Never feel ashamed of starting with modifications for yoga postures, especially more challenging ones! It is far safer to work with modifications to build the strength and flexibility necessary to execute postures correctly. If you find you have weakness and/or limited flexibility in your hips, hip flexors, wrists, hands, arms, shoulders or back, you will find not be able to perform the full expression of Bhuja Pīḍāsana.
I teach this arm balance in five (5) special steps! Let’s break them down here for you to start to play with this posture. Be sure to begin with step one and stay there until you’ve mastered that variation. Once you have move onto step two, then three and so on. If you practice these modifications consistently, I absolutely assure you will eventually master this beautiful posture from the Ashtanga Yoga Primary Series.
From downward-facing dog, slowly walk your feet forward. Bend your knees and try to bring your hands directly behind your feet, palms flat. In the beginning, many students find it impossible to flatten their wrists with their hands behind their feet. If that’s the case for you, press your hips up more towards the ceiling as you continuously press your hands down, working to get your palms flat.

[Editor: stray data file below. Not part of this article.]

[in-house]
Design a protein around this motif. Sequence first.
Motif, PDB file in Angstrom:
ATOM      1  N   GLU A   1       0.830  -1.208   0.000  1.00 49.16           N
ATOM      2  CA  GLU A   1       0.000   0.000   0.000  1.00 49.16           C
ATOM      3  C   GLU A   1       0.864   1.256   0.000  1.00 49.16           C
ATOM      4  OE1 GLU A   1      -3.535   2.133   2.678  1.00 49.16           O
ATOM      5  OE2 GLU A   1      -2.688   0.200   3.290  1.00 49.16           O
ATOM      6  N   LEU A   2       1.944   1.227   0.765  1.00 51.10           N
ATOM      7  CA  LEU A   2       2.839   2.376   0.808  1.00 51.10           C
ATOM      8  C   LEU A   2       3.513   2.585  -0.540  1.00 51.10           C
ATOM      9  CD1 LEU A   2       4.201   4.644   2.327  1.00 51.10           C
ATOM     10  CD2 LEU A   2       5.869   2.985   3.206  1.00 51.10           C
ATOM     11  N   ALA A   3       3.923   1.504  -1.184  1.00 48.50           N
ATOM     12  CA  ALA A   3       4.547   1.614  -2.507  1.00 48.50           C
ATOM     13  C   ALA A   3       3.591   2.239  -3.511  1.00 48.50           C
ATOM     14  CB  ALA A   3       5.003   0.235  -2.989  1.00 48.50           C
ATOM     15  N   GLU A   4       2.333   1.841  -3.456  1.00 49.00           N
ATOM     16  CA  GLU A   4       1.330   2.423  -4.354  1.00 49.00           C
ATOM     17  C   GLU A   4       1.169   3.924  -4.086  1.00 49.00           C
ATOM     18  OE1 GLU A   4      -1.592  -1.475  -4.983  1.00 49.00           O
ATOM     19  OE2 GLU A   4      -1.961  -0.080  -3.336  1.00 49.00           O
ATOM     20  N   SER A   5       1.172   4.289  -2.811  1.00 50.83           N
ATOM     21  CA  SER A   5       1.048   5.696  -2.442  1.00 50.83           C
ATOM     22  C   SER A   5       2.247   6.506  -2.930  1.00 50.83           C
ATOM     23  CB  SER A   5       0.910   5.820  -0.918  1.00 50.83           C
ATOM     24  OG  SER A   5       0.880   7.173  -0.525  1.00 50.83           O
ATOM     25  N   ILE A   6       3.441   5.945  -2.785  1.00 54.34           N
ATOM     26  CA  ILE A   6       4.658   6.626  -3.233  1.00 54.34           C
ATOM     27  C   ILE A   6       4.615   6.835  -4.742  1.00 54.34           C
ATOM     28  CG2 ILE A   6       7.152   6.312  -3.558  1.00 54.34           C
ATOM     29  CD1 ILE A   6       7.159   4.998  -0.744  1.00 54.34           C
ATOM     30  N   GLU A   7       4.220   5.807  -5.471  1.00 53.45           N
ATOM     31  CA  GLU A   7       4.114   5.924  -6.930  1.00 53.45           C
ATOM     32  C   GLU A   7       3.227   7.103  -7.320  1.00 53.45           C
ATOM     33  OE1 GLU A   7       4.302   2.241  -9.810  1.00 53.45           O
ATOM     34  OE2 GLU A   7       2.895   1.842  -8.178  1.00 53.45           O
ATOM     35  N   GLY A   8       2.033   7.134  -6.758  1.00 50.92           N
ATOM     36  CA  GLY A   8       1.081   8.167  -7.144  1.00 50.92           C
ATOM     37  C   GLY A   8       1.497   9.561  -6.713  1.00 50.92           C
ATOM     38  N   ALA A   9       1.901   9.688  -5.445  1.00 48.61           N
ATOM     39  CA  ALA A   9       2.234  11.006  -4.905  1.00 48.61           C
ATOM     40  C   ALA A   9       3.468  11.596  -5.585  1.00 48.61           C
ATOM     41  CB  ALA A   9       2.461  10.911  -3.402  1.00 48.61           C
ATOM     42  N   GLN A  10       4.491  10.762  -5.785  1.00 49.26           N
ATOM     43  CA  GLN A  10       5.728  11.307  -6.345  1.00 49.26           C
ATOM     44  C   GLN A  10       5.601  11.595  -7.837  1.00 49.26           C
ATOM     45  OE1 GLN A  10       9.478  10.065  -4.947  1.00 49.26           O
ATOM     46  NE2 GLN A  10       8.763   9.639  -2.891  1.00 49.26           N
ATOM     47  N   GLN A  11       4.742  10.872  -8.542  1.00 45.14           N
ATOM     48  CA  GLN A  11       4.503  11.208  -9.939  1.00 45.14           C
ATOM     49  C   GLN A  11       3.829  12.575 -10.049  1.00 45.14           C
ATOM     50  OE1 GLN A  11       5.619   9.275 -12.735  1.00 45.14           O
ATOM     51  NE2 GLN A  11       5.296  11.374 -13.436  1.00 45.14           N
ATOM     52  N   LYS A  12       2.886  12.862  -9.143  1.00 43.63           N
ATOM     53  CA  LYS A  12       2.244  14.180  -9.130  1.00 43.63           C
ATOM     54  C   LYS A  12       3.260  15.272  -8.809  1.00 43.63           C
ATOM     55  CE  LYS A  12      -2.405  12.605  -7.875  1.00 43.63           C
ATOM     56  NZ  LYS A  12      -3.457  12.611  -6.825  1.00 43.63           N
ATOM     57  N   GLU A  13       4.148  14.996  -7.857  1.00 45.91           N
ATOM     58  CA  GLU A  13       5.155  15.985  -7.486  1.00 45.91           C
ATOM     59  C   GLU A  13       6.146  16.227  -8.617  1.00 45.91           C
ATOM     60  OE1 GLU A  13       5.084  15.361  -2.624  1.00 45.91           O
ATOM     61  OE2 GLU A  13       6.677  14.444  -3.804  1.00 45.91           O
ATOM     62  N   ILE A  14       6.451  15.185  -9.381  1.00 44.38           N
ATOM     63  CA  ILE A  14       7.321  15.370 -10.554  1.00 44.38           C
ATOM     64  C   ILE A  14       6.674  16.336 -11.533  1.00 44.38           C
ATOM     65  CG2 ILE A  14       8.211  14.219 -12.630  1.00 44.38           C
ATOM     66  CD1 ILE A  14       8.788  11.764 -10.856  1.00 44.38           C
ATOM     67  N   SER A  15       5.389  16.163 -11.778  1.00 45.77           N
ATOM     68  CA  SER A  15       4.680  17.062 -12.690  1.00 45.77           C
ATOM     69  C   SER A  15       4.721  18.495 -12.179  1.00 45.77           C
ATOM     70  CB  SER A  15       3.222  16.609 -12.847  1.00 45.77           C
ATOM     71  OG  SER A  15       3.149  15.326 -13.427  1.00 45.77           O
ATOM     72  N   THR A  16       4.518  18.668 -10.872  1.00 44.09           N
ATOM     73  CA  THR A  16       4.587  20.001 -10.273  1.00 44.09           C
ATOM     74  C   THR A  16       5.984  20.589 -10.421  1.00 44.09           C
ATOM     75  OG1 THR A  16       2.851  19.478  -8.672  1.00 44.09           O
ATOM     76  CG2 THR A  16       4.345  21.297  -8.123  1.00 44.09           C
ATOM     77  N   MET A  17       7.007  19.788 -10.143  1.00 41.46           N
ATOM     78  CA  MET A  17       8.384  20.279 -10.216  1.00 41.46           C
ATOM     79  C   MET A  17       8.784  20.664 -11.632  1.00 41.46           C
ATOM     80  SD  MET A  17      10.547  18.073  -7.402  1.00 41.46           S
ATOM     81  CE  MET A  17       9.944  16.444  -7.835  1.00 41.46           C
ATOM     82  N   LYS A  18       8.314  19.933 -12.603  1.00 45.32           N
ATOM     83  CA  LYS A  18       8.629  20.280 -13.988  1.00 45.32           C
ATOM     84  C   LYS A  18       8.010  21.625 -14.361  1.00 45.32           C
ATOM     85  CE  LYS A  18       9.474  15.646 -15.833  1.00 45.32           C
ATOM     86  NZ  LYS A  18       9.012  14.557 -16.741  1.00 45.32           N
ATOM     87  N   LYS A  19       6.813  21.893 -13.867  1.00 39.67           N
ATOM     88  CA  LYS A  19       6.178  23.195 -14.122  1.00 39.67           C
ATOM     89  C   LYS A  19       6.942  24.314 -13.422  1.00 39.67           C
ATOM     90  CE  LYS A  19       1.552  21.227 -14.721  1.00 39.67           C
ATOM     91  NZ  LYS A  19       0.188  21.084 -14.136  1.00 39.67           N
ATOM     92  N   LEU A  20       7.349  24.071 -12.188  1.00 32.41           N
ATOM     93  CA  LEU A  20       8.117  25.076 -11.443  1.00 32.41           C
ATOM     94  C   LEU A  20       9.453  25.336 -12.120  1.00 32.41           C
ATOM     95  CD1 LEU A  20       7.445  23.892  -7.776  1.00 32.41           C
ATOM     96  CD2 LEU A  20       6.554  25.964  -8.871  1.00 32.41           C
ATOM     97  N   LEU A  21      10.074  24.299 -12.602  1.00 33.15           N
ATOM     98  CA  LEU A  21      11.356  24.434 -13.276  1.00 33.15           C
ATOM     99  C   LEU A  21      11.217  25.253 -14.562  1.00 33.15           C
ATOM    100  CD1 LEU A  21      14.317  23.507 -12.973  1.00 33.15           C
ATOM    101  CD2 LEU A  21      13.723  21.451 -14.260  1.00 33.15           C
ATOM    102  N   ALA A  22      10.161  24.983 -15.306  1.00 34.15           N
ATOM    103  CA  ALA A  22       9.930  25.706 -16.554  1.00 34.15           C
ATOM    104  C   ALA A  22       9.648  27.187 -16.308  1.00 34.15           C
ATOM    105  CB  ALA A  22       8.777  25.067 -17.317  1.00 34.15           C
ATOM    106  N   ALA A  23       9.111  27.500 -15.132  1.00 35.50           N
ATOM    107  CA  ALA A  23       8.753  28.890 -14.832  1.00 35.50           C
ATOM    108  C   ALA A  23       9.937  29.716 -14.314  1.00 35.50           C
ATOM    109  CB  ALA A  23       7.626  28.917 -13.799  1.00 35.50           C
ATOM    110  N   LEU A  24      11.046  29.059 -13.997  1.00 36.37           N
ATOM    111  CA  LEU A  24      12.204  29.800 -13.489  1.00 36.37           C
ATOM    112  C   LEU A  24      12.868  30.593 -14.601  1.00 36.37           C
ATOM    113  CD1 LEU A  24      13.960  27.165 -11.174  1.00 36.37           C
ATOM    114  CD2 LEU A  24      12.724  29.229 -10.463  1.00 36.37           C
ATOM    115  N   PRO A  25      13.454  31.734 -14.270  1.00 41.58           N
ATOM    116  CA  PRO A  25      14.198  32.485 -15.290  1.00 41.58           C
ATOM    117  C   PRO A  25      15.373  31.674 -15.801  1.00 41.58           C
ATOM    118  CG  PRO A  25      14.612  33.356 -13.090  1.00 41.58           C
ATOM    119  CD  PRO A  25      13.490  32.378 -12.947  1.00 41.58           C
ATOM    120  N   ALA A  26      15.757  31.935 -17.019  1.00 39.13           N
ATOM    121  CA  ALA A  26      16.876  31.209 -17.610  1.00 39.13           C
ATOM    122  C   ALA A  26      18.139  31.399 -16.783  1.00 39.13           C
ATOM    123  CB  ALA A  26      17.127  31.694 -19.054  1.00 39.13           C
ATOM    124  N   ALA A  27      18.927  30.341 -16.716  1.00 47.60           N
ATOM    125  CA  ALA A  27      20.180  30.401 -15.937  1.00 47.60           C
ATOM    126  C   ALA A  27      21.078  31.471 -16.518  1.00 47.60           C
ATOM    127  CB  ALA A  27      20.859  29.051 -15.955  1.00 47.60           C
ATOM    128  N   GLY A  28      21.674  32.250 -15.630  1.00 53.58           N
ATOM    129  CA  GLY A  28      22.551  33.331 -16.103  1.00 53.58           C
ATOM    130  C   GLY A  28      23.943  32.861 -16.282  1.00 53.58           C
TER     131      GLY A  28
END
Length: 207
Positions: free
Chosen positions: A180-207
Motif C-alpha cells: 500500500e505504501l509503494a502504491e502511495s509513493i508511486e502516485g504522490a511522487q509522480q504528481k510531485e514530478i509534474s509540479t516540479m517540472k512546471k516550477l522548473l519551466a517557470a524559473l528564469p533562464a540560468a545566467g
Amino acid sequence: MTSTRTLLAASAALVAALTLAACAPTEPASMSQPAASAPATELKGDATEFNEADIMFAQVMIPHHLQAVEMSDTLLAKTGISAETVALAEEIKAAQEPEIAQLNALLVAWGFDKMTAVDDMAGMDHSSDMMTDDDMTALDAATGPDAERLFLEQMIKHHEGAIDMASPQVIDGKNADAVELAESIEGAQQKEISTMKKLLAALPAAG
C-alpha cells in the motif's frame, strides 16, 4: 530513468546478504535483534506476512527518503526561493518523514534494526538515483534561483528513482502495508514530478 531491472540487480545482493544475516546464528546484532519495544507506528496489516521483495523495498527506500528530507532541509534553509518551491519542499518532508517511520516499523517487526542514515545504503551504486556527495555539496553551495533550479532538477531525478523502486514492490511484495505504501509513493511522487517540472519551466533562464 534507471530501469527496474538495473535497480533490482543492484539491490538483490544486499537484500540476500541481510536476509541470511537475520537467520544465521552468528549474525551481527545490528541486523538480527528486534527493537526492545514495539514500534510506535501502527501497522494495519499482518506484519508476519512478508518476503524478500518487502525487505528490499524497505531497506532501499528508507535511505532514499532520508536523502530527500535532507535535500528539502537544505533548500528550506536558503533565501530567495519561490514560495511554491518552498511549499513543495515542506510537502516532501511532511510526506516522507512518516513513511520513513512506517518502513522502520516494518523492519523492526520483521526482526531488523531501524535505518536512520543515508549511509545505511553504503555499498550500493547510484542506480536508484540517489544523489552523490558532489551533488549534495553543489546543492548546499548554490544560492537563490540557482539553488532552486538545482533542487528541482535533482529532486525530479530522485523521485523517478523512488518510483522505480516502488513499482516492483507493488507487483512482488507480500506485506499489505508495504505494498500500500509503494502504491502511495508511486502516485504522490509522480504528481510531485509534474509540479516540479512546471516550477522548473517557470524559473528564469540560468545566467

Take five deep breaths here, working to build your stamina, working with gravity, and building your strength. After your fifth breath, slowly stand up and release the pose. Work with this variation for a few days, weeks or even months to build up your stamina, endurance, strength, and flexibility in your hips, shoulders, back, hip flexors, wrists and back.
Once you’re able to take variation one, work with this variation. Your feet are hip distance apart, bring your hands behind you and press your palms flat on the ground. Sit back and rest your hamstrings on your triceps.
Breathe here for five deep breaths while arching your back, keeping your hands pressed into the floor, head and chin lifted, and feet on the floor. After your fifth breathe you may either stand up to get out of the posture, or slowly drop your hips all the way to the floor and then take a vinyasa.